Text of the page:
1. Check the freezer compartment for excessive frost buildup. If there is, it can interfere with the flow of cold air into the fresh food compartment. As a result, the fridge will struggle to cool fruitlessly. A frost-free refrigerator normally melts ice for about 20 minutes every six or eight hours. If the defrost timer, heater or terminator malfunctions, it can lead to frost buildup and a failure to cool properly. Contact a qualified professional for further information and assistance.
  2. Clean the back of the fridge, the condenser coils and the motor compartment if open to the rear. Use a vacuum to suck up excess dust and dirt and a cloth to wipe down parts. Be careful with the coils – any damage can cause a coolant leak.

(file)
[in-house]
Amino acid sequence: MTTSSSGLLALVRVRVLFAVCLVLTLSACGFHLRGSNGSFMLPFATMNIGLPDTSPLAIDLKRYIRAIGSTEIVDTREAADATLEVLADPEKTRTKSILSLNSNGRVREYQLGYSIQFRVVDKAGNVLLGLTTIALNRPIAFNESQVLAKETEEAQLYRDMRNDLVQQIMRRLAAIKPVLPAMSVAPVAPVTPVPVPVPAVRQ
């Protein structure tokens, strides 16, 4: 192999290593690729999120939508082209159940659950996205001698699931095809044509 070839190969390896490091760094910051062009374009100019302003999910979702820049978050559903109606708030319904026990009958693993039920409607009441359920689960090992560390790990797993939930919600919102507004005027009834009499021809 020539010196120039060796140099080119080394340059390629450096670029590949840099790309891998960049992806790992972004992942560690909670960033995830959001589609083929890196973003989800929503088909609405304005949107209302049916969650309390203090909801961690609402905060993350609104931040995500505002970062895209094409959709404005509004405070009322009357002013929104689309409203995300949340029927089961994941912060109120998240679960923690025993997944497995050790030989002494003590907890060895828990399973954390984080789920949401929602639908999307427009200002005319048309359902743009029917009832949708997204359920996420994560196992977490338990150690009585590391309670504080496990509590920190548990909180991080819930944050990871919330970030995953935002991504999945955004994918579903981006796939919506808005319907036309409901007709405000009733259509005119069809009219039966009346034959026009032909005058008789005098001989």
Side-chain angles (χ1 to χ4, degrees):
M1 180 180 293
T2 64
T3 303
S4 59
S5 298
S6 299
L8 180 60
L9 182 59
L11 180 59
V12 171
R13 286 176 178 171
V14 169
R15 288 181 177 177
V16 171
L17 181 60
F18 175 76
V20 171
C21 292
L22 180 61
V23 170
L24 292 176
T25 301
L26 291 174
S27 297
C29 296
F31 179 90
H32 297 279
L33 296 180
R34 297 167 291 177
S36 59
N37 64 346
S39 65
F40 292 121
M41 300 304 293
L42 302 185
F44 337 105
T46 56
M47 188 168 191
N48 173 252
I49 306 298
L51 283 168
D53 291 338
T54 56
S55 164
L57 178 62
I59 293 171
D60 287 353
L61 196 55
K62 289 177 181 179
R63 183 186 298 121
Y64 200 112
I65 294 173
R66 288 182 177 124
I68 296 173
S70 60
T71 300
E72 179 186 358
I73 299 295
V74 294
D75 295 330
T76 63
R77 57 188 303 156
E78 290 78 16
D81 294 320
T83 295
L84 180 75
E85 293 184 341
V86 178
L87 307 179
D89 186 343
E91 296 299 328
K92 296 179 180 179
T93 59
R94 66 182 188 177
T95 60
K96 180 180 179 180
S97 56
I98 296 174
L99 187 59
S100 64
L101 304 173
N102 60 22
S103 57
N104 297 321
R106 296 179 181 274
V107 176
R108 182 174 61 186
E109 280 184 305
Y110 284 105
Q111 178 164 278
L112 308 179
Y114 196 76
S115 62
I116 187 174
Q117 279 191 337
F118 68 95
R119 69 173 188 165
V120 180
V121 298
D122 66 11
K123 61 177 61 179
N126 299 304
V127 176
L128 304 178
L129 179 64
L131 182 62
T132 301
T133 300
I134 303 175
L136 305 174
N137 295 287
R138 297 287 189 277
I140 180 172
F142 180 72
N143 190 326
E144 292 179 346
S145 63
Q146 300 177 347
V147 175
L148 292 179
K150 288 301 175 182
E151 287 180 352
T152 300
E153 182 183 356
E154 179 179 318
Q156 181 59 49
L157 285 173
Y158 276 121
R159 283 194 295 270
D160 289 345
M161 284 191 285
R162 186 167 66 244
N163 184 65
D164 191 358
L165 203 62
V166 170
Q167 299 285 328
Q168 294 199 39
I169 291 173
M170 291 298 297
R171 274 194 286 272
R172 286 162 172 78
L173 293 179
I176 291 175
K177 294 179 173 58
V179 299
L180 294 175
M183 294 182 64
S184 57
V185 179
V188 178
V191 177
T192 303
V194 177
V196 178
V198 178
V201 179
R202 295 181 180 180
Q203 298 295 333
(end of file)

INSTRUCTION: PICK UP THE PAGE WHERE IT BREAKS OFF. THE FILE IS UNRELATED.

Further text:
3. Perform the dollar bill test to check your door seal. Insert the dollar bill into the doorway and close the door, trapping the dollar between the frame and door. If you can pull it loose easily, the seal is likely bad. Replacing the rubber gasket is fairly simple.
  4. Test the refrigerator door switch. Wiggle it and push it in manually. If the switch is bad, the refrigerator will act as if the door is always open (no cooling) or always closed (constantly cooling).

Interior and Exterior Leaks

If you find water or what you suspect is water on the floor behind or underneath your refrigerator, it could be the drain pan overflowing. Another possibility is that the water line coming into the fridge is dripping or leaking. For leaks inside the refrigerator, check the drain tubes and clean them as necessary. If your refrigerator is equipped with an automatic ice maker or ice and water dispensers, a water supply line may be broken or leaking, or the unit itself. Consult a repair technician if you’re unable to determine the source.

Comments

Dawna spurging - February 16, 2015 at 11:37 am